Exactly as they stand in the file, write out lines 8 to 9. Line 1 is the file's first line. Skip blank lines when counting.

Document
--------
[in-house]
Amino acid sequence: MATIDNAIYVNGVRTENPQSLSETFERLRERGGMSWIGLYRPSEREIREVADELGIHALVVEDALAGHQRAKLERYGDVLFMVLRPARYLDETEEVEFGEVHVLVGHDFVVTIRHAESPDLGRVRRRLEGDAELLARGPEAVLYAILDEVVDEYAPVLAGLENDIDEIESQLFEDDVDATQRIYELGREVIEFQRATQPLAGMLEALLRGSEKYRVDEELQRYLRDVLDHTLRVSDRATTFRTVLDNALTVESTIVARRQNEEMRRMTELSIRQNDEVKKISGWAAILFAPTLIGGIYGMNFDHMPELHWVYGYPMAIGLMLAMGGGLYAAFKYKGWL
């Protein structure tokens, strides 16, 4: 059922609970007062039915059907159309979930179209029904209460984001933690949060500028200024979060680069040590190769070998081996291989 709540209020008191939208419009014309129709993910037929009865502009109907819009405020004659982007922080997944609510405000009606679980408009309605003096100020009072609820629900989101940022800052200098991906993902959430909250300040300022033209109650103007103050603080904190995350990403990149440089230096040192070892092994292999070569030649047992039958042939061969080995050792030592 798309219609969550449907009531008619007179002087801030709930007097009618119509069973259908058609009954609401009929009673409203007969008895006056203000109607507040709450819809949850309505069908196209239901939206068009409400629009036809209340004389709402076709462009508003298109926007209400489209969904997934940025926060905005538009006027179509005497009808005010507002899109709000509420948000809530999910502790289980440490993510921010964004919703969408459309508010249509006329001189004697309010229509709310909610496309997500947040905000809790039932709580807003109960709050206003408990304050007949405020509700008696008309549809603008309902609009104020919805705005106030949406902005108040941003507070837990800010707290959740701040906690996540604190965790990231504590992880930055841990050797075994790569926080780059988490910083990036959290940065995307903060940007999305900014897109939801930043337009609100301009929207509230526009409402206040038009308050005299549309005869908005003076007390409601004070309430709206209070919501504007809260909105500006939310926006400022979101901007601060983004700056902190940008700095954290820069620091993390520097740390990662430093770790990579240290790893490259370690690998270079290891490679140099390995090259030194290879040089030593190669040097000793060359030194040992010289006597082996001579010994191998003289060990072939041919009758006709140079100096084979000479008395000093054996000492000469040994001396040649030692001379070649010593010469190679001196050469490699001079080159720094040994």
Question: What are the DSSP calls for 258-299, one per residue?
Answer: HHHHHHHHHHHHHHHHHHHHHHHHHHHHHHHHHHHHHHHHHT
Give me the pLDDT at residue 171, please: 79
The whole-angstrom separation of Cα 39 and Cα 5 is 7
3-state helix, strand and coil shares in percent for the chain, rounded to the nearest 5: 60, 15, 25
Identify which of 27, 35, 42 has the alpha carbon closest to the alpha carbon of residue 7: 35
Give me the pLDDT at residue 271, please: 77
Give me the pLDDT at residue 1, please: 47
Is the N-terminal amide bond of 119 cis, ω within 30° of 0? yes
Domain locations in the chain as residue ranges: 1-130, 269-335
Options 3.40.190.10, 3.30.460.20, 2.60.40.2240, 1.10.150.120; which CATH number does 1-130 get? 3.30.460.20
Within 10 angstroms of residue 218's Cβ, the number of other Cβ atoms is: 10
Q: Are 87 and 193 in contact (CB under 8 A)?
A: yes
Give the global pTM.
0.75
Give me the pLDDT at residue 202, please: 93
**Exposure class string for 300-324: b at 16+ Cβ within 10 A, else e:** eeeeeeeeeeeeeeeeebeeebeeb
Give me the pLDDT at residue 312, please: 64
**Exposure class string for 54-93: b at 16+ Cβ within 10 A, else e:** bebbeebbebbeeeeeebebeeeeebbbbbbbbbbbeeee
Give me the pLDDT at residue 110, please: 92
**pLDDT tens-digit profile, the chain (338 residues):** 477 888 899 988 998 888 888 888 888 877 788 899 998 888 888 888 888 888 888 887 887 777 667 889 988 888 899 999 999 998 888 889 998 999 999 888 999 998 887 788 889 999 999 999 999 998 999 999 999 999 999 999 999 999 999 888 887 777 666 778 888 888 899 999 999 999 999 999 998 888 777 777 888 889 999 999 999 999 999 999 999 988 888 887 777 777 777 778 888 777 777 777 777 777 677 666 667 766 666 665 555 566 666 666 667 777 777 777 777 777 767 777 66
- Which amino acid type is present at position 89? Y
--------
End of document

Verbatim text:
3-state helix, strand and coil shares in percent for the chain, rounded to the nearest 5: 60, 15, 25
Identify which of 27, 35, 42 has the alpha carbon closest to the alpha carbon of residue 7: 35